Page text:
Saliva is an important part of a healthy body. It is mostly made of water. But saliva also contains important substances that your body needs to digest food and keep your teeth strong.
Saliva is important because it:
- Keeps your mouth moist and comfortable
- Helps you chew, taste, and swallow
- Fights germs in your mouth and prevents bad breath
- Has proteins and minerals that protect tooth enamel and prevent tooth decay and gum disease
- Helps keep dentures securely in place
You make saliva when you chew. The harder you chew, the more saliva you make. Sucking on a hard candy or cough drop helps you make saliva, too.
The glands that make saliva are called salivary glands. The salivary glands sit inside each cheek, at the bottom of your mouth, and near your front teeth by the jaw bone.
There are six major salivary glands and hundreds of minor ones. Saliva moves through tubes called salivary ducts.
Normally, the body makes up to 2 to 4 pints of saliva a day. Usually, the body makes the most saliva in the late afternoon. It makes the least amount at night.
But everyone is different. What doctors consider to be a normal amount of saliva varies quite a bit. That makes diagnosing saliva problems a bit of a challenge.
Too Little Saliva
Certain diseases and medicines can affect how much saliva you make. If you do not make enough saliva, your mouth can become quite dry. This condition is called dry mouth (xerostomia).
Dry mouth also makes you more likely to develop rapid tooth decay and gum (periodontal) disease. That’s because saliva helps clear food particles from your teeth. This helps reduce your risk for cavities.
If you have dry mouth, you may also notice you do not taste things like you used to.
Dry mouth is common in older adults, although the reasons are unclear. Diseases that affect the whole body (systemic disorders), poor nutrition, and the use of certain drugs are thought to play a key role.
Too little saliva and dry mouth can be caused by:
- Certain diseases such as HIV/AIDS, Sjogren’s syndrome, diabetes, and Parkinson’s
- Blockage in one or more tubes that drain saliva (salivary duct obstruction)
- Chemotherapy and radiation therapy
- “Fight or flight” stress response
- Structural problem with a salivary duct
- Smoking cigarettes
Hundreds of commonly used medicines are known to affect saliva flow and cause dry mouth, such as:
- Anxiety medicines
- Appetite suppressants
- Certain types of blood pressure drugs
- Diuretics (water pills)
- Most antidepressants
- Certain pain medicines (analgesics)
Always ask your health-care provider about side effects you might have when taking a medication.
What Can I Do if I Have Too Little Saliva?
Try these tips to help keep your salivary glands healthy and your mouth moist and comfortable:
- Drink plenty of water
- Chew sugar-free gum
- Suck on sugar-free candy
If dry mouth persists, your doctor or dentist may recommend rinsing your mouth with artificial saliva. Artificial saliva is a liquid or spray sold without a prescription. It can be used as often as needed.
Artificial saliva helps keep your mouth moist and comfortable. But it doesn’t contain the proteins, minerals, and other substances found in real saliva that help with digestion.
Too Much Saliva
Too much saliva is usually not something to worry about unless it persists. It’s normal to make more or less saliva depending on what you eat or drink. Your body usually takes care of excess saliva by swallowing more.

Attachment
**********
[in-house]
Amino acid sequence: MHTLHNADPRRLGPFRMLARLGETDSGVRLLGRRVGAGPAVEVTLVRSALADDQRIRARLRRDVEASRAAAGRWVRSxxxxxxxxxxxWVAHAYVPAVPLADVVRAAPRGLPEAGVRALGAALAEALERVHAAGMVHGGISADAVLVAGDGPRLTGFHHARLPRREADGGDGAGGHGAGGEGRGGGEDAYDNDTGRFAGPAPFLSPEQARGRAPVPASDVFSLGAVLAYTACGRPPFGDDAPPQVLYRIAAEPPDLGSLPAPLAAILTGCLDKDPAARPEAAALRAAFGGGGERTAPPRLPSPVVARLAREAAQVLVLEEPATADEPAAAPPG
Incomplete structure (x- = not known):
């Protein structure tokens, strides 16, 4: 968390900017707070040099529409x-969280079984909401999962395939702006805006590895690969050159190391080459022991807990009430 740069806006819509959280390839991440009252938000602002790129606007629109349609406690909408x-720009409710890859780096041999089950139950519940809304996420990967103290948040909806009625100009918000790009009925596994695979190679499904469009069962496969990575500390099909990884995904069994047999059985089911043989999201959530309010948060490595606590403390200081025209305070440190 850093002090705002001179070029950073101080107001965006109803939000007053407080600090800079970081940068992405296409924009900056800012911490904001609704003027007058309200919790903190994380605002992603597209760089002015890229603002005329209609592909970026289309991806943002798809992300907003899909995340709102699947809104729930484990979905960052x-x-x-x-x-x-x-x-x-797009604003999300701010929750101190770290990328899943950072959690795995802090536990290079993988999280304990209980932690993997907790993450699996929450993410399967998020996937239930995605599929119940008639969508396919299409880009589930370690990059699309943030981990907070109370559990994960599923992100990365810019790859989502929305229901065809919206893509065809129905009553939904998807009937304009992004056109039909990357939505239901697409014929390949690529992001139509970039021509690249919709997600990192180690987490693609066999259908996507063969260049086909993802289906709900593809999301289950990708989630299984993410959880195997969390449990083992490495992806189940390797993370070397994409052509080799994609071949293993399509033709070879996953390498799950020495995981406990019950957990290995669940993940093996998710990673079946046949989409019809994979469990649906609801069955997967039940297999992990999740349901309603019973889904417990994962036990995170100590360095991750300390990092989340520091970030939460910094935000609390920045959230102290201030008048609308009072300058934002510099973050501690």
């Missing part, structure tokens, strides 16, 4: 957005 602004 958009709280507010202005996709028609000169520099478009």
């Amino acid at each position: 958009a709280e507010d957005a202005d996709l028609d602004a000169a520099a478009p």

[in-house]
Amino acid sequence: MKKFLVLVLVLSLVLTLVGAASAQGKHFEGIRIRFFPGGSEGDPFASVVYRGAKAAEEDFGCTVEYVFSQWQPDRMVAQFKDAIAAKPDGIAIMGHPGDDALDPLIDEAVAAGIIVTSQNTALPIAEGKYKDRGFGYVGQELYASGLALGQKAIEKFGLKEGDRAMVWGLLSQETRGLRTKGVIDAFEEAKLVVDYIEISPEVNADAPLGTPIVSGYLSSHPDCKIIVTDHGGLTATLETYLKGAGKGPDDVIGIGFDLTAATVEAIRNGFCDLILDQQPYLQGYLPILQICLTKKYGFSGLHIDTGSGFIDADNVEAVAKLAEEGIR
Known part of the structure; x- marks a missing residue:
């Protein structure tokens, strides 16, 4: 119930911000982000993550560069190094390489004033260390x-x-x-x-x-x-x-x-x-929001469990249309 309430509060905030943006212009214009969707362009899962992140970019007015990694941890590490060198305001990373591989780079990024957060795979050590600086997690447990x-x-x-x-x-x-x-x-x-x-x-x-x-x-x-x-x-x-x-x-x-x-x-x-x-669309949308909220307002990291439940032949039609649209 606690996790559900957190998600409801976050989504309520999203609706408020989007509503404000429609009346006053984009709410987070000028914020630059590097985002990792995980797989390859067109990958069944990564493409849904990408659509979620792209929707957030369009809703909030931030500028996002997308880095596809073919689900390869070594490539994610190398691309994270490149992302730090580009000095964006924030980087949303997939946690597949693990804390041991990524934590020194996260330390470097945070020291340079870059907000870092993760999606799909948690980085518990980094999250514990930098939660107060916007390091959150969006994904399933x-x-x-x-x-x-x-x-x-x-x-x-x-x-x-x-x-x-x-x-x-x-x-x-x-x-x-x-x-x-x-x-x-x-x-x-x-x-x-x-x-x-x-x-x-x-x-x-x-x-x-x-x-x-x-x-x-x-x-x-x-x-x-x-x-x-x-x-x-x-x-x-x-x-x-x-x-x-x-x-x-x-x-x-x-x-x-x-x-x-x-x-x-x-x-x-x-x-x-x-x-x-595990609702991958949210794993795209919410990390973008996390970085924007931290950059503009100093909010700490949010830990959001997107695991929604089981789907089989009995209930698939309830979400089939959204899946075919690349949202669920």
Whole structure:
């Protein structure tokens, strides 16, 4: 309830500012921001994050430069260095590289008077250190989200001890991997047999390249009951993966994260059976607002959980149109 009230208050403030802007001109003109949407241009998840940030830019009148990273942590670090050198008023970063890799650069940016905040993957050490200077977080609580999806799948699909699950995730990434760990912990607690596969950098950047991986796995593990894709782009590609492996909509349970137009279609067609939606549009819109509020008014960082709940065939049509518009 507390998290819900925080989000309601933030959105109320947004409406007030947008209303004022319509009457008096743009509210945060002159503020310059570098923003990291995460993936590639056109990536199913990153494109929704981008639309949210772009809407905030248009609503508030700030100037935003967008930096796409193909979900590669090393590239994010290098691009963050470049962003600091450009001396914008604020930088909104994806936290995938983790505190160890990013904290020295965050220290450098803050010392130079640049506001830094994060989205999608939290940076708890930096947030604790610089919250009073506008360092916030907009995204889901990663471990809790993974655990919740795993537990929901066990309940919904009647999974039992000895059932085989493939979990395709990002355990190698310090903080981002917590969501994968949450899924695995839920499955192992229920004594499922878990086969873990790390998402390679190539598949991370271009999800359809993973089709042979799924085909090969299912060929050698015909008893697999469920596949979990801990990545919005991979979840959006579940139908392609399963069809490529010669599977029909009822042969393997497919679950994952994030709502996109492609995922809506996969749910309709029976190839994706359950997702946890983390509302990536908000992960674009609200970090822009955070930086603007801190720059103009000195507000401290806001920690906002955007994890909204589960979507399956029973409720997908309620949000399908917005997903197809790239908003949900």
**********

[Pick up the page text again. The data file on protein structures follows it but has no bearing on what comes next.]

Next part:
You can make too much saliva if:
- One or more salivary gland is overactive
- You have problems swallowing
It is normal for your salivary glands to go into overdrive when you eat very spicy foods. Taste buds on your tongue play a big role in how much saliva you make. Pop something spicy or very sour in your mouth and your taste buds react by telling your body to make more saliva. Acidic foods tend to trigger a lot more saliva than sweet foods. If excess saliva bothers you, try changing your diet.
If you have a lot of saliva all the time, tell your health-care provider. It could be the side effect of a medication or the result of a medical condition or disease.
If you have problems swallowing, you may feel like you have a lot of saliva in your mouth and may drool. Chronic drooling is most often seen in people who have poor muscle control in the face and mouth.
Diseases and health conditions that can cause too much saliva include:
- Amyotrophic lateral sclerosis (ALS), also called Lou Gehrig’s disease
- Bell’s palsy
- Cerebral palsy
- Gastroesophageal reflux disease (GERD)
- Enlarged tongue (macroglossia)
- Intellectual disability
- Parkinson’s disease
- Pregnancy (usually seen in those with extreme nausea and vomiting)
Medications that can cause too much saliva include:
- Some seizure medicines such as Klonopin (clonazepam)
- Schizophrenia medicine called clozapine (Clozaril, Fazaclo ODT)
- Salagen (pilocarpine), used to treat dry mouth in people who have radiation therapy
There are many medical names for excess saliva. What your doctor calls it depends on what is causing the excess saliva. Hypersalivation and sialorrhea are general terms for increased saliva.
What Can I Do if I Have Too Much Saliva?
Treatment for excessive saliva depends on what is causing the problem. It may include:
- Prescription medicine
- Botox shots
Your doctor will probably first recommend a prescription medicine to help reduce the amount of saliva you make. Such medicines include glycopyrrolate and scopolamine. Common side effects include problems urinating, a fast heartbeat, dizziness, blurred vision, and sleepiness.
If you have severe drooling, your doctor may suggest Botox injections into one or more salivary glands. This treatment is considered safe, but results only last a few months. You will need to have more Botox shots in the future.
Surgery to remove a salivary gland or re-route a salivary duct may be done in severe cases. This type of surgery usually provides a permanent cure for excess saliva.